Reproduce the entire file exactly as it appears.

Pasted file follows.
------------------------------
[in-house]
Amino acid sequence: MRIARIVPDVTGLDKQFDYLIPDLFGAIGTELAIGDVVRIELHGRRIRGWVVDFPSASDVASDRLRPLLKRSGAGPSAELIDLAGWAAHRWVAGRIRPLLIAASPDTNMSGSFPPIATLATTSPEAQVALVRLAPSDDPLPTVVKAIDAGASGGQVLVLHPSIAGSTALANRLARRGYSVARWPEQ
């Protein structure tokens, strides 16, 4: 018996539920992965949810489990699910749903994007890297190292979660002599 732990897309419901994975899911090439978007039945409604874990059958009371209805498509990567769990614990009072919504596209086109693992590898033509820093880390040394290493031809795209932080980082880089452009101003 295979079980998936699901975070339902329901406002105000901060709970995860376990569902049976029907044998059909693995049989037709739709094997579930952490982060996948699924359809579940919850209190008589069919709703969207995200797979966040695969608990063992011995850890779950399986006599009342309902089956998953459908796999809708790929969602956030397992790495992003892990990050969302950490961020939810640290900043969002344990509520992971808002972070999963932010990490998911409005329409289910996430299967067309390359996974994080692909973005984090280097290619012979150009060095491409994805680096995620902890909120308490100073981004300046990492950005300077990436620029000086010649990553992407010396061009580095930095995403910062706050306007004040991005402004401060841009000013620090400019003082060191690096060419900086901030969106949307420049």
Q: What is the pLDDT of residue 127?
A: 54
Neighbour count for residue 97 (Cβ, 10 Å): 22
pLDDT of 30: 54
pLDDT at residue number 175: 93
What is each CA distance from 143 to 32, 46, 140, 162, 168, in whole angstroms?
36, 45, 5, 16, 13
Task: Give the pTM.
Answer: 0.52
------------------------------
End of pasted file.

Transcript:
[in-house]
Amino acid sequence: MRIARIVPDVTGLDKQFDYLIPDLFGAIGTELAIGDVVRIELHGRRIRGWVVDFPSASDVASDRLRPLLKRSGAGPSAELIDLAGWAAHRWVAGRIRPLLIAASPDTNMSGSFPPIATLATTSPEAQVALVRLAPSDDPLPTVVKAIDAGASGGQVLVLHPSIAGSTALANRLARRGYSVARWPEQ
């Protein structure tokens, strides 16, 4: 018996539920992965949810489990699910749903994007890297190292979660002599 732990897309419901994975899911090439978007039945409604874990059958009371209805498509990567769990614990009072919504596209086109693992590898033509820093880390040394290493031809795209932080980082880089452009101003 295979079980998936699901975070339902329901406002105000901060709970995860376990569902049976029907044998059909693995049989037709739709094997579930952490982060996948699924359809579940919850209190008589069919709703969207995200797979966040695969608990063992011995850890779950399986006599009342309902089956998953459908796999809708790929969602956030397992790495992003892990990050969302950490961020939810640290900043969002344990509520992971808002972070999963932010990490998911409005329409289910996430299967067309390359996974994080692909973005984090280097290619012979150009060095491409994805680096995620902890909120308490100073981004300046990492950005300077990436620029000086010649990553992407010396061009580095930095995403910062706050306007004040991005402004401060841009000013620090400019003082060191690096060419900086901030969106949307420049």
Q: What is the pLDDT of residue 127?
A: 54
Neighbour count for residue 97 (Cβ, 10 Å): 22
pLDDT of 30: 54
pLDDT at residue number 175: 93
What is each CA distance from 143 to 32, 46, 140, 162, 168, in whole angstroms?
36, 45, 5, 16, 13
Task: Give the pTM.
Answer: 0.52